Great Barrington — The “flying church,” as the former United Methodist Church building on Main Street across from Rite Aid has come to be known, is coming back to earth. Construction on the Main Street historic structure is underway again.
“I’ve been waiting all winter for this,” declared Paul Joffe of GB Historic Preservation LLC, as he watched Northern Foundations, Inc. of Dalton pour a concrete floor. Joffe purchased the property two years ago, with plans to convert the church building into a retail hub.
In preparation, Joffe had the 1845 wooden structure — Great Barrington’s oldest church — raised 6 feet, 9 inches closer to heaven in late 2015, with the expectation that the reconstruction would be completed in 2017.
That goal has now been pushed back to fall 2018, Joffe explained, but progress is being made, including paperwork behind the scenes.
Plumbing infrastructure has been installed as well. Only after the town’s building inspector signs off on relevant drawings can Joffe proceed past the ground level.
“The bulk of the work will be done after this summer,” he said.
The new foundation level is slated for three retail spaces. Above, in what was once the sanctuary of the church, Joffe has planned a 79-seat restaurant. The third floor design includes two offices and a residence.
An outdoor food kiosk is planned for the corner lawn shared by Rossetter Street. The developer likened this to a toll house — “a small, old-looking building that will be inviting to people.”
“It won’t block the church,” he said, adding that the specific nature of each space depends on the tenants.
Joffe, a New Marlborough resident, purchased the land from the church for $425,000. Total project costs are not yet known, he said, though he told The Edge in 2015 he expected to spend $1.2 million when all was said and done.
Before New Marlborough, Joffe was based in Kingston, N.Y., where he redeveloped another church into a non-denominational wedding chapel. The bulk of his building career consists of restaurant projects in Brooklyn.
“This is a really good location,” he said of his choice to develop here. “I think it’ll be the most important building in the town … it’s still going to look like an old church when it’s done.”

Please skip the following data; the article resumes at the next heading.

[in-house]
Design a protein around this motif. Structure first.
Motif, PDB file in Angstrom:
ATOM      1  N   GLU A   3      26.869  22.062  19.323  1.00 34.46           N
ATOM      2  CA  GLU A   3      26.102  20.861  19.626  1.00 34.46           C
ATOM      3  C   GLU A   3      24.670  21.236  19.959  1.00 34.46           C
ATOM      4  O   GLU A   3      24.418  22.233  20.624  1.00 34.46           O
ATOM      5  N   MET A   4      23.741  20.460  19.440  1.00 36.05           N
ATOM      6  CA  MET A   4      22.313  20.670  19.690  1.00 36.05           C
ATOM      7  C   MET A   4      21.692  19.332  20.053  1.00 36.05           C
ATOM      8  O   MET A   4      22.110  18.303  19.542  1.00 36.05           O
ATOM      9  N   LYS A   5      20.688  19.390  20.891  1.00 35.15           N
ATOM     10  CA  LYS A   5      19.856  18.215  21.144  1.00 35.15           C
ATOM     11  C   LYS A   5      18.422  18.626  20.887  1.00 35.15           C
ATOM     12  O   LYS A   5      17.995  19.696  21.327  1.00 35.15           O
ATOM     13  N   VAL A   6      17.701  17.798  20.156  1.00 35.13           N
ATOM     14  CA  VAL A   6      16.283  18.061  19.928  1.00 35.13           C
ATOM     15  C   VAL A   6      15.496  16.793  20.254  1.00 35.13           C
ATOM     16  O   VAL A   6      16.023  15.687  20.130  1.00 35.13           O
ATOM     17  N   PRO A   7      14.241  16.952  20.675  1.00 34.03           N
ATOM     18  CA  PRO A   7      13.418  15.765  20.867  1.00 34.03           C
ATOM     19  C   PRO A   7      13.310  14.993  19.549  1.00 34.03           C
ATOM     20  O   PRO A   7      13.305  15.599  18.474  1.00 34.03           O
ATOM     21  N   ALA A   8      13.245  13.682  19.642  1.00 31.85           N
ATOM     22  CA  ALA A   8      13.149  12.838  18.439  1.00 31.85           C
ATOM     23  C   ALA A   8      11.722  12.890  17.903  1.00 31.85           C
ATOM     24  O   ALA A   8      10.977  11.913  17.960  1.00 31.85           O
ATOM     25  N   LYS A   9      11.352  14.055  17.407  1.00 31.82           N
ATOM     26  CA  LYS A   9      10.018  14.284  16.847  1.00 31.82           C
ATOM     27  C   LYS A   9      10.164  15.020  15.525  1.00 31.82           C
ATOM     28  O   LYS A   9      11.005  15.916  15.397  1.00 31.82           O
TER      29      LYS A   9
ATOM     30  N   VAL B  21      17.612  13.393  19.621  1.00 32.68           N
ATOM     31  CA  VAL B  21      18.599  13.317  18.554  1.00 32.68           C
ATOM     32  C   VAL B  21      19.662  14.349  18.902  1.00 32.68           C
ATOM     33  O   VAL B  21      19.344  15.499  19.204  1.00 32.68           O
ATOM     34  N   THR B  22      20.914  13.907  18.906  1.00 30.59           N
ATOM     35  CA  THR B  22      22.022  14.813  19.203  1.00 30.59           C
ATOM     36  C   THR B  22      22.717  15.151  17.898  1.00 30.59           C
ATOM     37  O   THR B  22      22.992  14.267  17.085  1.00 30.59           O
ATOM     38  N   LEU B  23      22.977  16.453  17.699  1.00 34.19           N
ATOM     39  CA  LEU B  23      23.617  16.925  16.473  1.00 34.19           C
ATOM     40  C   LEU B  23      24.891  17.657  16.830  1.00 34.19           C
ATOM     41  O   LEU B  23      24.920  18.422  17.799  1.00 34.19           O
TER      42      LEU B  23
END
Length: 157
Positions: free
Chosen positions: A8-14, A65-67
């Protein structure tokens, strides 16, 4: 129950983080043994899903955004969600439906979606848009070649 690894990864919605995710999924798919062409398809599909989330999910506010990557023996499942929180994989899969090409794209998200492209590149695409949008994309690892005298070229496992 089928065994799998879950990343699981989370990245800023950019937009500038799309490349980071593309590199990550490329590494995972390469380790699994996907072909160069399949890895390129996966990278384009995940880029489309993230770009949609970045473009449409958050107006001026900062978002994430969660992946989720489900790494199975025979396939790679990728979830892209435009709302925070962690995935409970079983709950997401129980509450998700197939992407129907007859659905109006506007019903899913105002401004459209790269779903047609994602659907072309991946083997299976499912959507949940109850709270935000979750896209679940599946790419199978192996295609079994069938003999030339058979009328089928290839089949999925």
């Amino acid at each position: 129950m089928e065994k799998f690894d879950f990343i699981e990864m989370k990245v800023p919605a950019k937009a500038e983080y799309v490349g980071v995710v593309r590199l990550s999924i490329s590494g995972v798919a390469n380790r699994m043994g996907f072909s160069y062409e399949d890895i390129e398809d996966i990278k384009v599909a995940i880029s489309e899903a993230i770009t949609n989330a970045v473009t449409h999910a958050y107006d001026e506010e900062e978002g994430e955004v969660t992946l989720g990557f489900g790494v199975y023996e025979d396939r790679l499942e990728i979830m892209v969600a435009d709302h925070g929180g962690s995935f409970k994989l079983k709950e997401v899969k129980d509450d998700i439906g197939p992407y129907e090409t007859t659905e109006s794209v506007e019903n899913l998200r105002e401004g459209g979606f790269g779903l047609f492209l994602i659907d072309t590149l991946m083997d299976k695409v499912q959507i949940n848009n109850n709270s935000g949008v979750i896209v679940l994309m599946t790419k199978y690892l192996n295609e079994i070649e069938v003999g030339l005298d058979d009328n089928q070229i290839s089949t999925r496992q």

The church had to be elevated in order to secure the foundation according to modern standards, Joffe said, and the developer saw this requirement as an opportunity to increase the building’s space. The maneuvre earned it the nickname “The Flying Church,” which Joffe has embraced as a designation by natural process.
“I didn’t name it, but the town kind of picked it and settled on The Flying Church,” he said, adding it would likely become official.
The development is represented online at 198mainst.com and the Facebook page “GB Corner.”
The problem of what to do with closed or abandoned churches is increasing. Numbers from the Roman Catholic Church diocese alone are telling. The Catholic Church in America has witessed 11 percent of its parishes close since 1988, from 19,705 to 17,483 in 2014, according to Center for Applied Research in the Apostolate (CARA), a nonprofit research center at Georgetown University.
The National Catholic Register reports that new parishes are opening in the west and southwest — mostly on the strength of Latino immigration and relocations from other states. Still, in 2013 61 new parishes opened in the United States, but 190 parishes closed.
Some groups such as the Philadelphia-based Partners for Sacred Places, assist churches in staying open by helping them find ways to increase revenue, or find new tenants from the arts community or area food groups.
That’s pretty much what happened at Great Barrington’s St. James Place, formerly the St. James Episcopal Church at Taconic Avenue and Main Street. In 2010, St. James parishioners Fred and Sally Harris formed a nonprofit, St. James Place, Inc., and purchased the historic 150-year-old stone church to save it from demolition after a collapse of the sanctuary’s rear wall two years earlier had rendered the building uninhabitable.
St. James Place, which also worked with Partners for Sacred Places, now houses a cultural and educational center and the People’s Food Pantry, which recently relocated to the basement of St. James.
Just down Main Street near the intersection with Maple Avenue (routes 41 and 23) and atop a small hill sits the former First Church of Christ, Science. That church was bought in 2013 by McTeigue & McClelland, the upscale jewelry designers and manufacturers that subsequently relocated from a building south of downtown on Route 7 near Ward’s Nursery.
The old Trinity Church in the VanDeusenville section of Great Barrington is another fine example of adaptive reuse. Legendary folk singer Arlo Guthrie bought the church where Alice Brock (of Alice’s Restaurant fame) used to live. Guthrie turned Trinity into the Guthrie Center, which houses the Guthrie Foundation and supports cultural preservation and educational achievement.
The Clinton A.M.E. Zion Church, the historic African-American church, was recently purchased by a nonprofit as well. Plans for the future are not yet clear.
Sometimes closed churches are bought and reused … as churches. The Housatonic Congregational Church was sold in 2014 to the Unitarian Universalists of South Berkshire, which was essentially homeless and holding services anywhere its congregants could find. The Unitarians used a combination of savings, loans and a capital campaign to come up with the $225,000 purchase price.
Terry Cowgill contributed to this report.